Toolbars and dark mode
I had hoped to get away without modifying the Stacks 3 custom toolbars and toolbar buttons too much. Their look is simple enough not to need too much modification, or so I thought. Stacks 4 will add a smaller variant of the toolbar for text editing features – that bit seemed to work great in dark mode too.
But dark mode changed other things. And not everything works perfectly. In Stacks 3 the info pane at the bottom of the Library is “vibrant” – it shows colors from underneath the pane in an etched glass sort of way. In Stacks 3.5 dark mode is supported, but when switching between modes this little pane stays stubbornly the same.
It’s due to a compatibility shim I added to allow me to support OS versions before vibrancy was introduced. Stacks 4 won’t need this shim, so I removed it and that fixed the problem. But the shim was also being used in all the toolbars.
The info pane was connected to the toolbars
I then spent a couple days fixing the affected toolbars and getting their vibrancy materials right in dark mode too. But this, of course, affected the all the custom toolbar buttons as well.
Customizing NSButtons is not as trivial as you’d hope. It’s certainly nothing like iOS, that’s for sure. In an old-school Cocoa sort of way, each NSButton is paired with a corresponding NSButtonCell. The cell does the drawing for each of the oh-em-gee-there-are-so-many-states in the NSButton. And now, with dark mode, there are double the number of states. Worse, dark mode toolbar buttons have quite a few differences to their light mode counterpart.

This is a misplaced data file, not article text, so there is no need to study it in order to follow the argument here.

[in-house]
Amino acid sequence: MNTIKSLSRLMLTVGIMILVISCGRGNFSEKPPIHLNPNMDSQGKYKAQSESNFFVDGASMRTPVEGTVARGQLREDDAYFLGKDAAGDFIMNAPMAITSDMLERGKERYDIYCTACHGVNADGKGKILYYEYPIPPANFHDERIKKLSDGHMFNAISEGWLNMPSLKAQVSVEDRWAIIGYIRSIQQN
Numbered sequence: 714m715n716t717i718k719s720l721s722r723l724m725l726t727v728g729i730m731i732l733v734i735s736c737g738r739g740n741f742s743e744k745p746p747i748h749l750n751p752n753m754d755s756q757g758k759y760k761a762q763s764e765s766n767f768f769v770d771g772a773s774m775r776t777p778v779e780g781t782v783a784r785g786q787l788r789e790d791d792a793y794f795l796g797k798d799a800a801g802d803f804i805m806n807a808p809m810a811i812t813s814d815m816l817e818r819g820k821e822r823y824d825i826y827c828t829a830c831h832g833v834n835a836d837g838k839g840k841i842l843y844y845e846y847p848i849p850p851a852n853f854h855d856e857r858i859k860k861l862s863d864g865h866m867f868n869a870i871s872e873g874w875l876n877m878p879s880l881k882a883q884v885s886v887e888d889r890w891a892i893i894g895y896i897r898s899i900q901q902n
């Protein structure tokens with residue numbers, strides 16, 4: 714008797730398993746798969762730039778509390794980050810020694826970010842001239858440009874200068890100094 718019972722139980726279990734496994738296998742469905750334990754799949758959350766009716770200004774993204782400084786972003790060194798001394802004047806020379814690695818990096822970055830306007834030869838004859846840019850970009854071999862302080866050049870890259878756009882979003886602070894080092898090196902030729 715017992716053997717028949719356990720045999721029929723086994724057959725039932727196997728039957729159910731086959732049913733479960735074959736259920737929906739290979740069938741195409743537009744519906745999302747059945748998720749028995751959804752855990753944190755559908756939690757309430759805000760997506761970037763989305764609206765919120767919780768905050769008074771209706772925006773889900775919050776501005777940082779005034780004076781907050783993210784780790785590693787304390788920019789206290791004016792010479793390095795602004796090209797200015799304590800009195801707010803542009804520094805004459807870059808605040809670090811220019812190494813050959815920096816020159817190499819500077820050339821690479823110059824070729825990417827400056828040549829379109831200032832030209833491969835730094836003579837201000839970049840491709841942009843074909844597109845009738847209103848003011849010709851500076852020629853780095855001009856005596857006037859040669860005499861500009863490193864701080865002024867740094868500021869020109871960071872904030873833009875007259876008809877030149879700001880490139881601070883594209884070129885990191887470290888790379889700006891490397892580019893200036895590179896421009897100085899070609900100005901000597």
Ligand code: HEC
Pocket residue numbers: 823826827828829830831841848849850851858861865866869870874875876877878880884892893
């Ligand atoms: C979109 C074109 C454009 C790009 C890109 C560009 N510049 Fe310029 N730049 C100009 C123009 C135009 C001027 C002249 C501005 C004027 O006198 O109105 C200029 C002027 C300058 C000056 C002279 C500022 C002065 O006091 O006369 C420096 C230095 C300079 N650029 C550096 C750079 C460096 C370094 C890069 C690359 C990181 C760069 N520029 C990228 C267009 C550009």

- Light mode buttons get darker when pushed.
- Dark mode buttons get lighter.
- On-state and off-state work slightly differently.
- Light mode toolbar buttons have a flat white background, a noticeable border-shadow (only ½ pixel wide on retina) and black foreground color.
- Dark mode toolbar buttons have a gradient gray background, no visible border-shadow and off-white foreground color.
I nearly punted. It’s a lot of little detailed quirky things. A whole bunch of custom gradients – that are of course slightly different in dark mode. If I deleted my custom buttons and went with a vanilla NSButton I could get rid of a lot of code and be days closer to final release. But having a few colored buttons has been a staple part of the look of Stacks since version 1.0 – I really like those colors. They help identify Stacks amidst a complex and ever changing RapidWeaver UI.
So I did the work. It took about four days if I include the vibrancy bit and the toolbars. I built new gradients for dark mode that are darker and more saturated. I added the thin light gray border-shadow in light mode. And a dark-mode-only interior bevel. I was already using
NSColor.labelColor for the foreground drawing. So that’s one tiny little bit I got for free. The end result isn’t a direct copy of any specific NSButton UI and that’s just fine. I wanted them to be a tiny bit unique.
And here’s the result. The gif is showing the three new colored buttons that also happen to be one of the large feature additions in Stacks 4. The posterized colors in the gif don’t do the gradients justice, but you get the idea. I imagine I’ll keep tweaking these right up to the release. So if I missed any little details let me know.
#dotblog #devjournal #custom-ui
*What is this: these are random snippets from my dev journal working various projects. Some of these projects are for work, some are just for fun.